Darling, I hope so – Pregnancy after Loss

Pregnancy Shoot

In the moments after we were told Xavier would not live, N and I clung to each other – a pain that only we would fully understand drawing us  to each others arms.  Between tears, I whimpered “no more children.  Isaac is enough. I can’t ever do this again”.   Through tears, N agreed.

However in the days following, as my arms ached to hold a baby and the milk that should have been Xaviers leaked uselessly from my body, I knew I wanted, NEEDED, to have another baby.  These feelings of intense longing – a sense of “if I can’t have my angel child I need his brother or sister” – are common in the bereaved.   N needed more convincing but eventually he too felt there was another living child in our family.    In the months following Xavier’s death I did everything I could to prepare for pregnancy.  I lost baby weight at a speed normally reserved for celebrity mothers.   I worked on my heart and my head space.  I got fit.  I had acupuncture.  I wrote.  I cried.  I talked.  I learned how to laugh again.  I reached out to others who had lost and embraced those that reached out to me.

Four months after we lost Xavier we decided it was time and we were incredibly blessed to fall pregnant immediately.   I remember looking at that second pink line appearing on the pregnancy test and crying my thanks to Xavier.  At no point did I take for granted what had come to us so soon.

My pregnancy was wonderful but anxious.

It was also incredibly precious and something I kept relatively private.   My Facebook page remained bereft of pregnancy news.   Aside from wanting to keep this precious secret, as a bereaved parent I had a new appreciation regarding the hurt a throw away line on a Facebook status can inflict on those who are struggling.     I held off telling many friends for several weeks after the traditional twelve.    I was overjoyed but also so incredibly anxious – a part of me felt that telling other people was tantamount to a promise I couldn’t keep.  And whilst many might have attributed a special dimension to the pregnancy I couldn’t help but think it was less real, less valid than other peoples.   When your eyes are opened to the horrific numbers of babies that are born still, you take nothing for granted.  When you have been the one in a thousand statistic, you don’t assume you will dodge any bullets.  When you know stories about multiple losses, you have no comfort in the promise that lighting doesn’t strike twice.  Gradually, as I came to accept the fact that life holds no promises, my “why me?” turned into “why not me?”   At times I almost felt guilt about this fear of stillbirth – that I was appropriating someone else’s story and turning into my own when I had no right to do so.   Yet, every mummy I know who has lost to SIDS and has become subsequently pregnant has struggled with similar emotions.  Anxiety remains, but now when I check if Elijah is breathing, my relief is immediate.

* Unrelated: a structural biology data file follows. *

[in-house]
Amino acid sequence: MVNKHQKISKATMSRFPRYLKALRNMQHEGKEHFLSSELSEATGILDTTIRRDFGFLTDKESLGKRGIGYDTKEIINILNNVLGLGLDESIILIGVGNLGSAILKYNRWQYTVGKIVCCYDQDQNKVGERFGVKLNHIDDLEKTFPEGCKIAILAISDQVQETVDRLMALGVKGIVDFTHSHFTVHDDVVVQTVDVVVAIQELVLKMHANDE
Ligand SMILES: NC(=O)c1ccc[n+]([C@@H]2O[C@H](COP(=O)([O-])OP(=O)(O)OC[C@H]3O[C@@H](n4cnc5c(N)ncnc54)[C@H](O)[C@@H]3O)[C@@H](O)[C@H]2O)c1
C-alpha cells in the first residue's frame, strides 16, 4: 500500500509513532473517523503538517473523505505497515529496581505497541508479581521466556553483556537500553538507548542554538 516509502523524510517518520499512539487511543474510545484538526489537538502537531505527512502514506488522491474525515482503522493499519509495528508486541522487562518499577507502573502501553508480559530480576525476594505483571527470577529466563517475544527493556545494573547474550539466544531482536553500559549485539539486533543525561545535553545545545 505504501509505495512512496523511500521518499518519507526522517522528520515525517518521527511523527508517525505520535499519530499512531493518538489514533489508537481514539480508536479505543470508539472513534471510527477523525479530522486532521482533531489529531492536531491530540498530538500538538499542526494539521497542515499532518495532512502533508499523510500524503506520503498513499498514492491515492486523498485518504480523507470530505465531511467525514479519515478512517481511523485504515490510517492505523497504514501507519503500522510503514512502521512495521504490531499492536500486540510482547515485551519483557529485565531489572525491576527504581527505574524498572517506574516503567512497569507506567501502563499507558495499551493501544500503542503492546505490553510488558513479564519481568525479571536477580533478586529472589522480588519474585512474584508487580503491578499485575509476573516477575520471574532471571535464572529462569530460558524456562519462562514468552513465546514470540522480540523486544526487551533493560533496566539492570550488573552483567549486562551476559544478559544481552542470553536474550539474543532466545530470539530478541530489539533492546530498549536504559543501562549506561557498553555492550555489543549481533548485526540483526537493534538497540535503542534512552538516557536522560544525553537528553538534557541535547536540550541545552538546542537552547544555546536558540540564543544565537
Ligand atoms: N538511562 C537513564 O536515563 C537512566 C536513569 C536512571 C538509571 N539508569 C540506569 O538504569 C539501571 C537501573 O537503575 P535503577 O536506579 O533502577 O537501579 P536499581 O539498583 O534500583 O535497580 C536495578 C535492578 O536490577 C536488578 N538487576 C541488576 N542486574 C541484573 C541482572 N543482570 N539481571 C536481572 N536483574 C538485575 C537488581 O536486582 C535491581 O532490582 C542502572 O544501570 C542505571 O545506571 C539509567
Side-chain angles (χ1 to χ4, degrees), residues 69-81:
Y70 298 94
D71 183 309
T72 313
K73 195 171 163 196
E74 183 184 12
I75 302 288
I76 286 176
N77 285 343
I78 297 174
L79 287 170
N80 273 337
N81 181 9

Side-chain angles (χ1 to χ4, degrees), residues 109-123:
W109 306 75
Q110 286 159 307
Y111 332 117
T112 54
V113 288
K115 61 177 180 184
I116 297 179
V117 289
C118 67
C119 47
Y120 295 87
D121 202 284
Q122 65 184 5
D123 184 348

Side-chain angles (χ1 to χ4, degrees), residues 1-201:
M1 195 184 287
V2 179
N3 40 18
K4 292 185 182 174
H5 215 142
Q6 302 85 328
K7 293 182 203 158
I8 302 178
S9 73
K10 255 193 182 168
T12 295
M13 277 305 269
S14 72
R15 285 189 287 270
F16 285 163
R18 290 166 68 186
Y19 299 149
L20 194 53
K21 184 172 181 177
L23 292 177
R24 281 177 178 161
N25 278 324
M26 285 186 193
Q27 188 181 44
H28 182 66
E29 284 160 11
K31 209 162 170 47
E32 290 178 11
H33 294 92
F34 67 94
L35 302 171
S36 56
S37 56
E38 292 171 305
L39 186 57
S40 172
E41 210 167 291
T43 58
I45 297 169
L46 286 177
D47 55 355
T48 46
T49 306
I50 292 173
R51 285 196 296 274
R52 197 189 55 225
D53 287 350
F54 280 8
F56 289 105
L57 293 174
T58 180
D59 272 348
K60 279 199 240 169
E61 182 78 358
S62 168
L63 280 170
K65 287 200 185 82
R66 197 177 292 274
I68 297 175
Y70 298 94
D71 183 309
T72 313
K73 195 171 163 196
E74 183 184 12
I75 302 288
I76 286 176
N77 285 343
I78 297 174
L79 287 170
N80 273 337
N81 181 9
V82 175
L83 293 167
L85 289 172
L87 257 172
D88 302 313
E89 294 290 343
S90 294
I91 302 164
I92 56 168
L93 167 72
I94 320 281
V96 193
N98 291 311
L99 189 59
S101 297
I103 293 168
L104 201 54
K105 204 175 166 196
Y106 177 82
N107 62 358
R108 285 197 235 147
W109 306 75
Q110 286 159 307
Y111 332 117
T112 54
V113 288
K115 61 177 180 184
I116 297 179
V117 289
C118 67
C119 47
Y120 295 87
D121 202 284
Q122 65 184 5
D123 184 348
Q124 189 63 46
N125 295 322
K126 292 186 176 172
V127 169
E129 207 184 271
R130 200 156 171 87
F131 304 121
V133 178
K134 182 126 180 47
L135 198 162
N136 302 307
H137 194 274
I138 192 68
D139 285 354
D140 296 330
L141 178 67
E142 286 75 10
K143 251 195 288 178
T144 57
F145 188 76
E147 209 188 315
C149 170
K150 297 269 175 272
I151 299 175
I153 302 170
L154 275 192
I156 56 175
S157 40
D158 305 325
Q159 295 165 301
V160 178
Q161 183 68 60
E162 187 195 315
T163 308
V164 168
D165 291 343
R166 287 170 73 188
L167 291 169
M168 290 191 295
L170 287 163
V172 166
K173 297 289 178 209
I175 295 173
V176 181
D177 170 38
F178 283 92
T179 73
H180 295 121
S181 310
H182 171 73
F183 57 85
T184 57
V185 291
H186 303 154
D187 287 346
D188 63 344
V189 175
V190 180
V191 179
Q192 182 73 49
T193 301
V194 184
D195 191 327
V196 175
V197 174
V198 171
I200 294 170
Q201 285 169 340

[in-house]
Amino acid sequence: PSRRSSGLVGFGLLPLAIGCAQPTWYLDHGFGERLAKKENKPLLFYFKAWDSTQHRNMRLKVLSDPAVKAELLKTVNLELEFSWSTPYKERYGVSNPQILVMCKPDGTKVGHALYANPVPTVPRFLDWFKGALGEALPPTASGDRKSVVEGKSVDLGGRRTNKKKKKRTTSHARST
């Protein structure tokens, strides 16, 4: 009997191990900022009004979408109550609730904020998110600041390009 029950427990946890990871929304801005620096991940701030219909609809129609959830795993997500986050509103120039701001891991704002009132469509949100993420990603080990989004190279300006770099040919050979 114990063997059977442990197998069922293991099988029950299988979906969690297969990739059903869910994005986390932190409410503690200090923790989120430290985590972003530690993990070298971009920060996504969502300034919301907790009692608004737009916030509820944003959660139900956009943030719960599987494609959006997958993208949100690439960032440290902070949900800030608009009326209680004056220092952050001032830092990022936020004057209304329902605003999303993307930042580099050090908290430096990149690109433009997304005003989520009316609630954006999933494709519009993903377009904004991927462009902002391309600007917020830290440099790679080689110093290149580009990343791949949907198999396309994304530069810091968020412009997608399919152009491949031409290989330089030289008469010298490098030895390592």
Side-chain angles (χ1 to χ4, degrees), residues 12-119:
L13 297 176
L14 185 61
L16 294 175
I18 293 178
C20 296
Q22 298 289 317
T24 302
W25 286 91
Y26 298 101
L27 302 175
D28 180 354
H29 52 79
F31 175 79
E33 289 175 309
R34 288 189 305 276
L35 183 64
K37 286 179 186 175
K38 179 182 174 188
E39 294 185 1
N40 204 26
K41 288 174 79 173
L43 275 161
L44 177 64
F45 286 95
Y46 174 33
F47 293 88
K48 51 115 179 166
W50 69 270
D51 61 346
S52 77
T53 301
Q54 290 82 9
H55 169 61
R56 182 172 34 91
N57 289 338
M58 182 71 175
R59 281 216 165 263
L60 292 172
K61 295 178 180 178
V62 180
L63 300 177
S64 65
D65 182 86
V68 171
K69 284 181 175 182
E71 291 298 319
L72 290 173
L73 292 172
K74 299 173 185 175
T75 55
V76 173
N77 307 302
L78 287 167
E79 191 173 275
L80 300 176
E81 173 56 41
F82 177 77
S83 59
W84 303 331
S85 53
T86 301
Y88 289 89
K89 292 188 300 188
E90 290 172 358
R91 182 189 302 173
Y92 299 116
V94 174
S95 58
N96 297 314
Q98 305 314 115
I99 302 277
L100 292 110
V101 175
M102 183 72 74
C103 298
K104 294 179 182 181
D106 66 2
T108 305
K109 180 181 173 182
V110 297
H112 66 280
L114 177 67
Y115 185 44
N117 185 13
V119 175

During my pregnancy, Isaac kept asking, hope in his little voice, “this baby is going to stay isn’t it?”   To this moment, I can only answer “Darling, I think so – I really hope so.”   But the conviction in my voice is growing stronger by the day.

Welcome Elijah

On the 28th July, we welcomed our precious little man Elijah George into our lives. This is his birth story.

My pregnancy with Elijah was text book – in the sense that it was one of those of pregnancies that progress with no complications and very little discomfort. Like my previous two pregnancies,  I physically felt well and joyful. However, after losing our darling second born, Xavier to SIDS, my anxiety was a different story. Losing a child opens your eyes to a whole new world.   A world where previously healthy babies are born still, where there is no magic 12 week safety marker, where you can do everything right and still lose your precious child.   Where you are acutely aware of just how common stillbirth remains despite the fact no one talks about it.  Where a positive pregnancy test does not guarantee a positive outcome.  Where newborn babies can die without a reason.

Every kick was a welcome reassurance, followed closely by the panicked thought that perhaps that was the last kick I’d feel.   My doctor was amazing.   He guided me through that anxiety without questioning its validity. Each scan gave me the reassurance I needed.   Each time I heard the words “perfectly normal”, I could exhale for a moment.   And when Elijah failed to turn up at around 36 weeks like his brothers, he okay’ed induction at 37 weeks + 2 days.    Elijah weighed a good amount and his head was measuring term, so we were both comfortable with this.   Particularly as my anxiety was rising after one of the women I knew through a subsequent pregnancy support group lost another child to stillbirth a few days before her scheduled induction at 39 weeks – she had asked for an earlier induction and it had been denied her.